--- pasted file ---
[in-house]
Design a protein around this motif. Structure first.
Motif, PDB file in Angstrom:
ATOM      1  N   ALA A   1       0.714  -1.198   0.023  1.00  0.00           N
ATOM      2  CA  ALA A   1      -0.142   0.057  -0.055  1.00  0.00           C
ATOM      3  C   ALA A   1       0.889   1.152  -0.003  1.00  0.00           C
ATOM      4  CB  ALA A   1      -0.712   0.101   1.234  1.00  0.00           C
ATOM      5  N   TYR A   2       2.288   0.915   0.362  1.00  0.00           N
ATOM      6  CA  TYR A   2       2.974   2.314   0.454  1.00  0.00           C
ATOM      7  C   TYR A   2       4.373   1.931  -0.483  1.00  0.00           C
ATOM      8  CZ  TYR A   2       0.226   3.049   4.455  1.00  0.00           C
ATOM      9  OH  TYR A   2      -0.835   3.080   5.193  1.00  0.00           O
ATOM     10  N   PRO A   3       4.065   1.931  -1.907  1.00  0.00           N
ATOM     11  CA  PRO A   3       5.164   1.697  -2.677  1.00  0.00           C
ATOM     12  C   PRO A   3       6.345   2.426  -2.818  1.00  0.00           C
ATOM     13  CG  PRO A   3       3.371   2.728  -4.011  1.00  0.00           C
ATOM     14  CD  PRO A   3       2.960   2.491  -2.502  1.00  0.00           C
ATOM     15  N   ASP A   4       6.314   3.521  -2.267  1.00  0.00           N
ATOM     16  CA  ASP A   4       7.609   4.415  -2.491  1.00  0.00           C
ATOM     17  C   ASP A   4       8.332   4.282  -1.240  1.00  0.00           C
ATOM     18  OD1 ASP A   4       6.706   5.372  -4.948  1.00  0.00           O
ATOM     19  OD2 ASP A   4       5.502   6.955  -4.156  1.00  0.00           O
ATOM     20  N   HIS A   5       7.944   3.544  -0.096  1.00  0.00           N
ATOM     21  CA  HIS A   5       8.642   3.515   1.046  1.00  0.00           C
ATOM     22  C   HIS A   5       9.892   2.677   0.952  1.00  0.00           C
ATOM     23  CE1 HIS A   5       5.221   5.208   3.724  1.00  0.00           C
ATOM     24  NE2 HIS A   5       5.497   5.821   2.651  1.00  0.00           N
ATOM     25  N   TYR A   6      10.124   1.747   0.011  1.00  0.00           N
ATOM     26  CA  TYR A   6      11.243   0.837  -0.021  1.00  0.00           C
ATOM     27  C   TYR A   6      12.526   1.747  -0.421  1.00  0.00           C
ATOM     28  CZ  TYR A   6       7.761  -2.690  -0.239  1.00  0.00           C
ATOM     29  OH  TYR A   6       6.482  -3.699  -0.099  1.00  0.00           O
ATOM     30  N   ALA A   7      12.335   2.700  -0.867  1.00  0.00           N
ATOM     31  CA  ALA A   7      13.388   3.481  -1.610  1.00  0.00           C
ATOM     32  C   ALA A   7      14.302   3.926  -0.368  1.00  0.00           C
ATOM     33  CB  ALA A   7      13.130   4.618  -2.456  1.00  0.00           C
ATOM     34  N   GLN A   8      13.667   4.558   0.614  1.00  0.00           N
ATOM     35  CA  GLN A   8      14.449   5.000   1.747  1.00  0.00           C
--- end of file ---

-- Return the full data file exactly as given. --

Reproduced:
[in-house]
Design a protein around this motif. Structure first.
Motif, PDB file in Angstrom:
ATOM      1  N   ALA A   1       0.714  -1.198   0.023  1.00  0.00           N
ATOM      2  CA  ALA A   1      -0.142   0.057  -0.055  1.00  0.00           C
ATOM      3  C   ALA A   1       0.889   1.152  -0.003  1.00  0.00           C
ATOM      4  CB  ALA A   1      -0.712   0.101   1.234  1.00  0.00           C
ATOM      5  N   TYR A   2       2.288   0.915   0.362  1.00  0.00           N
ATOM      6  CA  TYR A   2       2.974   2.314   0.454  1.00  0.00           C
ATOM      7  C   TYR A   2       4.373   1.931  -0.483  1.00  0.00           C
ATOM      8  CZ  TYR A   2       0.226   3.049   4.455  1.00  0.00           C
ATOM      9  OH  TYR A   2      -0.835   3.080   5.193  1.00  0.00           O
ATOM     10  N   PRO A   3       4.065   1.931  -1.907  1.00  0.00           N
ATOM     11  CA  PRO A   3       5.164   1.697  -2.677  1.00  0.00           C
ATOM     12  C   PRO A   3       6.345   2.426  -2.818  1.00  0.00           C
ATOM     13  CG  PRO A   3       3.371   2.728  -4.011  1.00  0.00           C
ATOM     14  CD  PRO A   3       2.960   2.491  -2.502  1.00  0.00           C
ATOM     15  N   ASP A   4       6.314   3.521  -2.267  1.00  0.00           N
ATOM     16  CA  ASP A   4       7.609   4.415  -2.491  1.00  0.00           C
ATOM     17  C   ASP A   4       8.332   4.282  -1.240  1.00  0.00           C
ATOM     18  OD1 ASP A   4       6.706   5.372  -4.948  1.00  0.00           O
ATOM     19  OD2 ASP A   4       5.502   6.955  -4.156  1.00  0.00           O
ATOM     20  N   HIS A   5       7.944   3.544  -0.096  1.00  0.00           N
ATOM     21  CA  HIS A   5       8.642   3.515   1.046  1.00  0.00           C
ATOM     22  C   HIS A   5       9.892   2.677   0.952  1.00  0.00           C
ATOM     23  CE1 HIS A   5       5.221   5.208   3.724  1.00  0.00           C
ATOM     24  NE2 HIS A   5       5.497   5.821   2.651  1.00  0.00           N
ATOM     25  N   TYR A   6      10.124   1.747   0.011  1.00  0.00           N
ATOM     26  CA  TYR A   6      11.243   0.837  -0.021  1.00  0.00           C
ATOM     27  C   TYR A   6      12.526   1.747  -0.421  1.00  0.00           C
ATOM     28  CZ  TYR A   6       7.761  -2.690  -0.239  1.00  0.00           C
ATOM     29  OH  TYR A   6       6.482  -3.699  -0.099  1.00  0.00           O
ATOM     30  N   ALA A   7      12.335   2.700  -0.867  1.00  0.00           N
ATOM     31  CA  ALA A   7      13.388   3.481  -1.610  1.00  0.00           C
ATOM     32  C   ALA A   7      14.302   3.926  -0.368  1.00  0.00           C
ATOM     33  CB  ALA A   7      13.130   4.618  -2.456  1.00  0.00           C
ATOM     34  N   GLN A   8      13.667   4.558   0.614  1.00  0.00           N
ATOM     35  CA  GLN A   8      14.449   5.000   1.747  1.00  0.00           C